The dental water jet or water flosser has been available since the 1960s, it produces a pulsating stream of pressurised water to remove plaque and debris from between the teeth and is used as an adjunct to toothbrushing to improve oral health. Studies have demonstrated beneficial effects of gingival health in some groups of patients with some studies suggesting advantages for maintaining oral hygiene around orthodontic appliances.
The aim of this review was to assess the effect of incorporating the dental water jet (DWJ) into the oral hygiene routines of orthodontic patients.
Searches were conducted in the Cochrane Library, PubMed, Scopus and Web of science databases. Randomised controlled trials (RCTs) in patients undergoing fixed appliance treatment that compared manual tooth brushing (MTB) against MTB with adjunctive DWJ were considered. Two reviewers independently selected studies and extracted data with study quality being assessed with the Cochrane risk of bias tool (RoB2). The main outcomes, Plaque index, Gingival index and Bleeding index were reported as mean difference (MD) with 95% confidence intervals (CI).
- 6 RCTs (4 parallel, 1 split mouth, 1 cross-over) involving a total of 313 patients were included.
- Only 172 patients were included in study arms 85 received MTB and 87 received MTB+DWJ.
- 2 studies were assessed as being at low risk of bias, 2 at moderate risk and 2 at high risk.
- 4 studies contributed to the meta-analysis finding a significant improvement in plaque index and bleeding scores in the DWJ + MTB group compared MTB alone. There was no difference between the groups for the gingival index (see table below).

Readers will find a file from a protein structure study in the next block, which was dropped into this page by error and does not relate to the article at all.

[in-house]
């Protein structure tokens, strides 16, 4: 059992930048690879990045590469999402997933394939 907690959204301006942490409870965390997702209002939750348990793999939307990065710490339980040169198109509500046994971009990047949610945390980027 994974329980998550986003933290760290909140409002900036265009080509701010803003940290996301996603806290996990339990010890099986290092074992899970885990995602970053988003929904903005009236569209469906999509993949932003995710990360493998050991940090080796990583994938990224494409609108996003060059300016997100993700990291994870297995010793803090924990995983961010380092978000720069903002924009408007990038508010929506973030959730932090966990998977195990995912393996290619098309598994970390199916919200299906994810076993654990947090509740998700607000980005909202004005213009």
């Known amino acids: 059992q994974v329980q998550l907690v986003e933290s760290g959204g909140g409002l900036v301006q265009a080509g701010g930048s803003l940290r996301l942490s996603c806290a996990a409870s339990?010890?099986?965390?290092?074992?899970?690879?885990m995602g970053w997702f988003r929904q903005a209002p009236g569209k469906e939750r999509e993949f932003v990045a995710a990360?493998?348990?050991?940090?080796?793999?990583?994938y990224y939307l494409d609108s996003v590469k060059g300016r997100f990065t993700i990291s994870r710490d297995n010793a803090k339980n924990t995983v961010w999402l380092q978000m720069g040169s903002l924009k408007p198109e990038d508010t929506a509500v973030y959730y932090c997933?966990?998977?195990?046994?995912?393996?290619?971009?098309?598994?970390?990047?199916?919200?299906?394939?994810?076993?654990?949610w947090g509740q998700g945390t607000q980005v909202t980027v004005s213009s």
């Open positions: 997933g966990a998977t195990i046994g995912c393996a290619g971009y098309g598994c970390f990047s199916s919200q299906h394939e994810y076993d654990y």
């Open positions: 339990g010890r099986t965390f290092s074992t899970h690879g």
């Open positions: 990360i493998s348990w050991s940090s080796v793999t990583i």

|No. of studies||Mean difference (95%CI)|
|Plaque Index||4||−0.75 (−1.29 to −0.22)|
|Gingival index||4||−0.02 (−0.15 to 0.10)|
|Bleeding score||3||−0.17 (−0.27 to −0.08)|
The authors concluded: –
The use of DWJ as an adjunctive device in addition to MTB can be an effective strategy for maintaining oral hygiene in orthodontic patients with gingivitis. However, more high-quality RCTs are needed to confirm the findings.
This review was not registered so no protocol was registered. Interestingly there are currently 3 ongoing reviews of water flossers listed on the PROSPERO database one of which addresses the same topic as this review (PROSPERO 395736). The reviewers searched four major databases finally including just 6 RCTs with only 4 contributing to the meta-analysis. The studies are relatively small with only one including more than 100 patients. The authors highlight that only 172 patients in total received the comparison interventions. The follow-up periods are of short duration ranging from 0ne to six months with only one study of six months duration. The reviewers considered that 2 studies were at low overall risk of bias although none of the included studies was at low risk in all domains considered. Only 4 of the six studies contributed the meta-analysis with the findings indicating significant improvements in plaque index and bleeding scores but not the gingival index. While a benefit to oral health is suggested from the adjunctive use of the DWJ the findings should be interpreted very cautiously because of the small number of patients included in a small number of studies none of which are at low risk of bias. Future studies should be well -conducted and reported and of appropriate size and duration using international guidelines (Equator Network).
AlMoharib HS, AlAskar MH, AlShabib AN, Almadhoon HW, AlMohareb TS. The effectiveness of dental water jet in reducing dental plaque and gingival bleeding in orthodontic patients: A systematic review and meta-analysis of randomized clinical trials. Int J Dent Hyg. 2023 Sep 11. doi: 10.1111/idh.12741. Epub ahead of print. PMID: 37694518.
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